JORDAN SPIETH: Yeah, I thought that was a fun show. I thought that was a fun show to be a part of. I was hoping it wasn't going to be that much fun (laughter).

But as we battle it out, when he made his putt on 10, which I think tied it, that's when I said, okay, we've got a bunch of wedge holes here. You know, I expect him to go a couple under coming in. Therefore, I've got to step up to the plate now and deliver a couple birdies myself, and was able to do that.

But man, I mean, both of us had a really tough time. We talked about it throughout the whole -- we were talking to each other the first nine holes. We had a really tough time trying to figure out what the ball is going to do on the green. Some greens were landing really soft and then others were just taking one massive hop.

And the fairways were so firm that you were hitting off of; it makes you think the greens are going to be that firm. We both came up short on most of the holes we played on the front nine until we started to kind of fire to it on 10.

Q. This were a couple guys that made a little bit of run; Rahm got within a shot. But overall during the day, did it feel like just a heavyweight battle between you two guys?
JORDAN SPIETH: I would say not until after 13. Before that, I saw the board and there were guys within two shots or maybe even 1, but I saw two, and thought, you know, if they close within a birdie or two, the last four holes are very difficult. I didn't think it was a battle until we both got another birdie, and then I thought from there, we had separated ourselves because I didn't hear anything in front of us.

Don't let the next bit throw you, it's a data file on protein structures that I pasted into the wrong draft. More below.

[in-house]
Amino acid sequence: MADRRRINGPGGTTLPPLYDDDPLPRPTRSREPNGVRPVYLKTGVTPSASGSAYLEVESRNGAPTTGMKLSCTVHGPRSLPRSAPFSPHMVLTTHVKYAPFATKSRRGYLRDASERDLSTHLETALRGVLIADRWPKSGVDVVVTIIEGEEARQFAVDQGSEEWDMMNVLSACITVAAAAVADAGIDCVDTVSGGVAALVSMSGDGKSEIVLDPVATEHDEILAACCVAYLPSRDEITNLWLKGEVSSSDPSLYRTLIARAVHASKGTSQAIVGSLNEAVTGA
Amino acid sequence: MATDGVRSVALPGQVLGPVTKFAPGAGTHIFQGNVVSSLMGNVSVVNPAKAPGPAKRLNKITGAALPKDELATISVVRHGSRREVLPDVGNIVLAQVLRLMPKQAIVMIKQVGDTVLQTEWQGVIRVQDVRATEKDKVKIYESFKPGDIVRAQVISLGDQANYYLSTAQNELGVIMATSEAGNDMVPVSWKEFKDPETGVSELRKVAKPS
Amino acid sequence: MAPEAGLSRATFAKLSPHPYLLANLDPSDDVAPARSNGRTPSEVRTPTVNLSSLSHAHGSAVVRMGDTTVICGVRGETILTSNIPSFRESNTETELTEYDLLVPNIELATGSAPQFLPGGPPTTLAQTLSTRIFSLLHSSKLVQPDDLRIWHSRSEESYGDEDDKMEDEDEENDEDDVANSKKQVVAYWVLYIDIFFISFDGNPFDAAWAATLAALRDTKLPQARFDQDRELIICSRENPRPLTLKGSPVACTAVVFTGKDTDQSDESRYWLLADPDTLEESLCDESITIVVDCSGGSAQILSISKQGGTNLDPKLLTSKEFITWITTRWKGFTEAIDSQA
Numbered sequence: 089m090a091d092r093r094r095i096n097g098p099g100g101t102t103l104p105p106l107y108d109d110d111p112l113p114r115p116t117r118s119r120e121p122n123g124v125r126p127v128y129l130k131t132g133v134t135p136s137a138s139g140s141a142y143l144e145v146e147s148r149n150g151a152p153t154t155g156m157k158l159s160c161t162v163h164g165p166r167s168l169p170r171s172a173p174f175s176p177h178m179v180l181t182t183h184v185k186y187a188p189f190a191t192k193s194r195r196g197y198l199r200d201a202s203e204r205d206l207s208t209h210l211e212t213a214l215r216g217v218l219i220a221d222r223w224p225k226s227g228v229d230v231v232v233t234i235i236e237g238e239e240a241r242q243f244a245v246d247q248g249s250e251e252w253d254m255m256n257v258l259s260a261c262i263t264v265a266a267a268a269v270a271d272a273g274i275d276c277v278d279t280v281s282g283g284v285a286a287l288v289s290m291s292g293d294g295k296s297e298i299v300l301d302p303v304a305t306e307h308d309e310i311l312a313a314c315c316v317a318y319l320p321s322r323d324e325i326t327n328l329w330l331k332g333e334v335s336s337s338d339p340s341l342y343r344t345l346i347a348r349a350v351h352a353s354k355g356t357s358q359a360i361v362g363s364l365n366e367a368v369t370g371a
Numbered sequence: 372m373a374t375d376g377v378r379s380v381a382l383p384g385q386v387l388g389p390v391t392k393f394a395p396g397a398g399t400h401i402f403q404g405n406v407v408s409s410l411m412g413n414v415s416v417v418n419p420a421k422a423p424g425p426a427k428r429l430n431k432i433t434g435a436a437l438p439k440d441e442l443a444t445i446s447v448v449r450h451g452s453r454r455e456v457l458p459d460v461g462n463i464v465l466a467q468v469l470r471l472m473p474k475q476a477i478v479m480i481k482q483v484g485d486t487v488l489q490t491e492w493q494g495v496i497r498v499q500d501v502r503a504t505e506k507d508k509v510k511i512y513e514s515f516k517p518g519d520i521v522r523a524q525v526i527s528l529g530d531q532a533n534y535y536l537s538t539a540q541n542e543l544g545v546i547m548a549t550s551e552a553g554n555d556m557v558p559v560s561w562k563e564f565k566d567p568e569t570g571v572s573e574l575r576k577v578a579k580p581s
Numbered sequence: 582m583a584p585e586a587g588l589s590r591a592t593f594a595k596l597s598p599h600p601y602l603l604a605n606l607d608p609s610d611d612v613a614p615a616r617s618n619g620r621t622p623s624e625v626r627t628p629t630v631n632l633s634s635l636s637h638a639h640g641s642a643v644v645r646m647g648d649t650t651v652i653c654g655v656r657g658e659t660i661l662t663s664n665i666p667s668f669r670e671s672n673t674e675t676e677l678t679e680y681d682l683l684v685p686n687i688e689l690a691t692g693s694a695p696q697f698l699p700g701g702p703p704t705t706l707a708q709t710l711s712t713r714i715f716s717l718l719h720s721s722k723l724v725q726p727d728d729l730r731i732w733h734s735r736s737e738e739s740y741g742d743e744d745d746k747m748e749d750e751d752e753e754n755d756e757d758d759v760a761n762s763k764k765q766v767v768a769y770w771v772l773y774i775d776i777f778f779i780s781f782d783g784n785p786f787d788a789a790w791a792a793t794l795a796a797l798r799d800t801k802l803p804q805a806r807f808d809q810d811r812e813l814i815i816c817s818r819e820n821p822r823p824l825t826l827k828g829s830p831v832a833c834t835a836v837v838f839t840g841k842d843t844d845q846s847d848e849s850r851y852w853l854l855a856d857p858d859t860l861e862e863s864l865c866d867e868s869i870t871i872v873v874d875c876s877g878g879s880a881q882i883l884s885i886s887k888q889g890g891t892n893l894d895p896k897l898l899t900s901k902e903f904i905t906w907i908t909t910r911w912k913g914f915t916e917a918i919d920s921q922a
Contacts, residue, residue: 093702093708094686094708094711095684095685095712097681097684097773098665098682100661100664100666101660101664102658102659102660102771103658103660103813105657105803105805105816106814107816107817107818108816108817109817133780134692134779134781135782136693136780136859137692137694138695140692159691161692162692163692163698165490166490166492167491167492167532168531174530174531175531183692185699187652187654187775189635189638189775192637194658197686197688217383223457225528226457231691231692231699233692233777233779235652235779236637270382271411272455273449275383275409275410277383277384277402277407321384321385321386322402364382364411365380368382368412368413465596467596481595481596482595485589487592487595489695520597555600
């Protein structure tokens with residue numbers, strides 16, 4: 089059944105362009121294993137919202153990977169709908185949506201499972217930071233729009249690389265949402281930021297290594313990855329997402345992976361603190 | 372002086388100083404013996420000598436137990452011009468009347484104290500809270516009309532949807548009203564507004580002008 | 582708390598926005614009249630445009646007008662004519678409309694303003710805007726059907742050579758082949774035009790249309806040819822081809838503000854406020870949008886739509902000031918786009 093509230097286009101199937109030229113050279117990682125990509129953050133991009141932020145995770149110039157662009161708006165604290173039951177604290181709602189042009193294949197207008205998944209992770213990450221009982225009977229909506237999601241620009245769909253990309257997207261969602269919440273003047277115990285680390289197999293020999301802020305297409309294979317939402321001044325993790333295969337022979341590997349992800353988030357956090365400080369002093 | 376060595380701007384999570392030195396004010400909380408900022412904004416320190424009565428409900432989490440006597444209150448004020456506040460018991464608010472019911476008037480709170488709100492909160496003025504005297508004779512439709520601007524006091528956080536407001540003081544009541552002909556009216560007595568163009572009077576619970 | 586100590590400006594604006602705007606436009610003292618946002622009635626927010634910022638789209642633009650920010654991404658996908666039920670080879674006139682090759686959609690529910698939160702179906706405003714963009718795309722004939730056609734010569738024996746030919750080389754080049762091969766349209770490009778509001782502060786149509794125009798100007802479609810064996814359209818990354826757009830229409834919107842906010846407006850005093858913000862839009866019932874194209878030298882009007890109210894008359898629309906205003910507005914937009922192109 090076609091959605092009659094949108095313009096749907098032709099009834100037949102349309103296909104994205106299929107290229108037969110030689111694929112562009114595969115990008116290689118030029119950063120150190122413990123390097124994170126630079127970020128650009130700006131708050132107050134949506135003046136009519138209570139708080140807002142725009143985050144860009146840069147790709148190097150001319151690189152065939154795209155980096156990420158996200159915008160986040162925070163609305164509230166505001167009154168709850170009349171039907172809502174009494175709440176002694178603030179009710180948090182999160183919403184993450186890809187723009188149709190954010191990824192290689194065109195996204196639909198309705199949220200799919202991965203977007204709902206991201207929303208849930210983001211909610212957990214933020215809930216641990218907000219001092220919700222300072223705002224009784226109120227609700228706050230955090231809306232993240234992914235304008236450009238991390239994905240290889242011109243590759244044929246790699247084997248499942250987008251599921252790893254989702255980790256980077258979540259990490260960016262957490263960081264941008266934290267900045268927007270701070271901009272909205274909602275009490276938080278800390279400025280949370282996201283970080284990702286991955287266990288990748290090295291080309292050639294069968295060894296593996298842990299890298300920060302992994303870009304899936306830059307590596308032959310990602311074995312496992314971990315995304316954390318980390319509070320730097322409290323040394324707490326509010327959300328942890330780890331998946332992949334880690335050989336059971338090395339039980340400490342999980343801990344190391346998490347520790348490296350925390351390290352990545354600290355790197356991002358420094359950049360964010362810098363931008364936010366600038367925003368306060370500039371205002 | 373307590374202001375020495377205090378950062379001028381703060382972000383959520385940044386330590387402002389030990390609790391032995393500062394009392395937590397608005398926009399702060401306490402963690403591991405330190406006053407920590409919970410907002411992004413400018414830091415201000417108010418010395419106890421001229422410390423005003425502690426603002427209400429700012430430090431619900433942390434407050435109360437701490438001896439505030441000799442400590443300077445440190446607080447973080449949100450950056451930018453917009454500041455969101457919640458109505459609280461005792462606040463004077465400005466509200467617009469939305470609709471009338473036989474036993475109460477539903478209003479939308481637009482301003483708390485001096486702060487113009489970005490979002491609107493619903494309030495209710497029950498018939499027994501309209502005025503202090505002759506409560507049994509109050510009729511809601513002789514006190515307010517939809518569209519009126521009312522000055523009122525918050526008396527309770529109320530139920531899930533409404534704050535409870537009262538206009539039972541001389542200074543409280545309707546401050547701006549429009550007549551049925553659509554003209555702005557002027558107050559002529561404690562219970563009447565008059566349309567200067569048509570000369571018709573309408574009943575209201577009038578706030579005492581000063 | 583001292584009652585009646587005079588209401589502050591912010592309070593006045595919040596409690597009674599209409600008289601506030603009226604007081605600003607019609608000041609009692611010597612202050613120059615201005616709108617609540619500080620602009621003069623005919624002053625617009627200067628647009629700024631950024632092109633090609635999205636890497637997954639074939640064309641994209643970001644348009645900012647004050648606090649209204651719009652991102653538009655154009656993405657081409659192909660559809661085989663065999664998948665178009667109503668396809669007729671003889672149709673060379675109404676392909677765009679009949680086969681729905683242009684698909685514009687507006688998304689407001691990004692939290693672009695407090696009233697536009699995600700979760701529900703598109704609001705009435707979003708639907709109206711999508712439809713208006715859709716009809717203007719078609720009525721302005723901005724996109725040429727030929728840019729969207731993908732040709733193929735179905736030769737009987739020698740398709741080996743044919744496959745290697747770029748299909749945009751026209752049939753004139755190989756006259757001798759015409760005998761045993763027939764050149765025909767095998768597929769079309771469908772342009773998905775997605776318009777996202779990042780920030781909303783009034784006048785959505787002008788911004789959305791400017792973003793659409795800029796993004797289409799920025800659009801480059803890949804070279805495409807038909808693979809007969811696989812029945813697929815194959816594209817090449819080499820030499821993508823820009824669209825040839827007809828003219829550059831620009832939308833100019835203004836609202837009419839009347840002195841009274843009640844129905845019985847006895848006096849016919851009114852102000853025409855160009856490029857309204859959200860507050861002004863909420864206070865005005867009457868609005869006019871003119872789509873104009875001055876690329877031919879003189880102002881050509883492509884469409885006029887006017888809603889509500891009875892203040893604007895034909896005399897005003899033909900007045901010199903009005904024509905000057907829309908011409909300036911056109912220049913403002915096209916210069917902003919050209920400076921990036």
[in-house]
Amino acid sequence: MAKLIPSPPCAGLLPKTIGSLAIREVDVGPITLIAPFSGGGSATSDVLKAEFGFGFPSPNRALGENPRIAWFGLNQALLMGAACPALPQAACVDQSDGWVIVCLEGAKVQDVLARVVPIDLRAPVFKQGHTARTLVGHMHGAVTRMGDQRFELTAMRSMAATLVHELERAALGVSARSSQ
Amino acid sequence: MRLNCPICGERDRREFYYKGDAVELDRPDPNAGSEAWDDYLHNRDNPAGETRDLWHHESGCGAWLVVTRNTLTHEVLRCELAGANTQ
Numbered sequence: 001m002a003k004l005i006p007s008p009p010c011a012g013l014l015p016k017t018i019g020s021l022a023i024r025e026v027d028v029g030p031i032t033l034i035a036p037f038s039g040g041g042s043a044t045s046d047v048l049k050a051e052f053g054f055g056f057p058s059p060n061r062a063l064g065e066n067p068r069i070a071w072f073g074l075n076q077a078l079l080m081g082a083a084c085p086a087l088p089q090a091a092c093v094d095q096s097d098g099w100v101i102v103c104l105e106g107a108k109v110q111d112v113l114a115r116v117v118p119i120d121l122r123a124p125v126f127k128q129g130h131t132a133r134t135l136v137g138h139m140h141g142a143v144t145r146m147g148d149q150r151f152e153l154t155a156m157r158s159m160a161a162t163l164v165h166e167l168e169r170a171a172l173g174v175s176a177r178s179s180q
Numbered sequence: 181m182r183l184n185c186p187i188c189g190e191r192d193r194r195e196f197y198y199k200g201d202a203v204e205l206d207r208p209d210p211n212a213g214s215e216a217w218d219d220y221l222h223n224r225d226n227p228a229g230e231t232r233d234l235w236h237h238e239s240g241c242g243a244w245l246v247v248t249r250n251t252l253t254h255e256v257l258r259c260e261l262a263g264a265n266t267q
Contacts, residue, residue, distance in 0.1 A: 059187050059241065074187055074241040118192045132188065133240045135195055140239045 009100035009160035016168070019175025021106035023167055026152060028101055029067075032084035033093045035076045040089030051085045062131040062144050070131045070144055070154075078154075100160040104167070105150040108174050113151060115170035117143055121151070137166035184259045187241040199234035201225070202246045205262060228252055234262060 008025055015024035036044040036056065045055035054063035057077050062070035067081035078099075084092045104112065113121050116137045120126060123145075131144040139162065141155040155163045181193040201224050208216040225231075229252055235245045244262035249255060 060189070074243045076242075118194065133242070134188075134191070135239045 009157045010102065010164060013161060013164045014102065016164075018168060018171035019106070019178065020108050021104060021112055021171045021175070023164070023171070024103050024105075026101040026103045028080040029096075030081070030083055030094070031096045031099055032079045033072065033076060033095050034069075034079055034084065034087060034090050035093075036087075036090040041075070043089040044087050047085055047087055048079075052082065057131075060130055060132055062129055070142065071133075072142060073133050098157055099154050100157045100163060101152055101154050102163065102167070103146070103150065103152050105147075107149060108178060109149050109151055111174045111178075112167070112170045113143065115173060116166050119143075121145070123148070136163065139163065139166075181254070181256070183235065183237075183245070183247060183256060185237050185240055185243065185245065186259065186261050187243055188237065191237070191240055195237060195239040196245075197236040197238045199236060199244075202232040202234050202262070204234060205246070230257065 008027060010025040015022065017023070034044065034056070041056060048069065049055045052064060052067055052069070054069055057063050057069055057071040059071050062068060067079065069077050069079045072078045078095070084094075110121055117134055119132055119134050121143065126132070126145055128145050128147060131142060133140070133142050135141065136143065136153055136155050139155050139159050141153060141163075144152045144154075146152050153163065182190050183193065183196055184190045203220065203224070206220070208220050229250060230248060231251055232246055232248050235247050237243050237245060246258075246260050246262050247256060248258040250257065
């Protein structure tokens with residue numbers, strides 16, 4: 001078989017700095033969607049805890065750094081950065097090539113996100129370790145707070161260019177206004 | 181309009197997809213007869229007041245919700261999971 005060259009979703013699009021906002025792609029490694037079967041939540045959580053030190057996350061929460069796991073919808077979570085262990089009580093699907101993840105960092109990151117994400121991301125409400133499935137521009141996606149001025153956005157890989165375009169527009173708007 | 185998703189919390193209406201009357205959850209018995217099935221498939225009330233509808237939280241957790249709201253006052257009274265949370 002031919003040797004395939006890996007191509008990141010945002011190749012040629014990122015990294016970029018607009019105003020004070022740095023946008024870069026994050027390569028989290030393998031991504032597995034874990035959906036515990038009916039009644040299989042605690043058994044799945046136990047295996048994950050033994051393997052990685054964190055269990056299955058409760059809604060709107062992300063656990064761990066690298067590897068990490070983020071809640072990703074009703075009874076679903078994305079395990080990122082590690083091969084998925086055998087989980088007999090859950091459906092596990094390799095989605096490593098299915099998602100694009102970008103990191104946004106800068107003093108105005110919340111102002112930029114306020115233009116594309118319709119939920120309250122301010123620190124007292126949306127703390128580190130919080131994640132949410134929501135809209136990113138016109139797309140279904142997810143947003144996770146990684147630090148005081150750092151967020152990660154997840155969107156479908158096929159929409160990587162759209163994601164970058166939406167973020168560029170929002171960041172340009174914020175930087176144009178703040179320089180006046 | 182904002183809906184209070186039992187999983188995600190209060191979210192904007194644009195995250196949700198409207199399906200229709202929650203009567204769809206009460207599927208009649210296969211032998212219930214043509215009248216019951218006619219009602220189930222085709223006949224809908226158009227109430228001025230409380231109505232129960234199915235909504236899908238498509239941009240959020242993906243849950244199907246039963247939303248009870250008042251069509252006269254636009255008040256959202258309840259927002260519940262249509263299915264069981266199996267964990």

Q. I apologize if this is a repeat. I just came in. What was your reaction on his drive in the playoff there, you know there's nothing you can do --
JORDAN SPIETH: Yeah, well, I could have trusted downwind because I can carry that. It's about 296 to the fairway and if there's any down -- I carry my driver with a solid 1 right around 290, 290 to 295, and then I have adrenaline, too.

But the problem was, is before the playoff, when we played it in regulation, only ten minutes prior, it was actually an into-the-wind hole off the right, and we got back out there and it was straight downwind. So it had just done a complete flip. If it was died down or any down, it was no surprise DJ was going to take it. It was just going to be very difficult for me to trust that within those ten minutes, we had a complete stoppage and flip of the wind.

Looking back, I needed to take that chance with a bull pin knowing DJ is obviously plenty fine hitting it there.

Q. Based on your percentage of puts you mentioned yesterday, what would you call your one on 16? Looks like it snaps pretty good left.
JORDAN SPIETH: Yeah, what threw my speed off a little was it was bowed a little. I had an uphill putt but right after the hole it started to go downhill. It was fearful enough to not want a 3-footer coming back and thinking I could just knock it in with die speed, and I was just barely off on the speed but on the percentage, I thought it was over 50 percent there, for sure. I was very confident stepping up and I hit a putt the way I wanted.

You know, when you get putts like that towards the end of the day on poa annua, it could just be a matter of which kind of footprint it took, you know. These were some of the best poa annua greens I've ever putted on in my life but they are still dicey at the end of the day.

Q. Secondly, did it surprise you at all when he laid up on 18?
JORDAN SPIETH: I was surprised, yeah, because I knew the pin was back further than it was on Friday. Therefore, it was pitched a little, which would have given him room had he just got it into a bunker or even in the rough.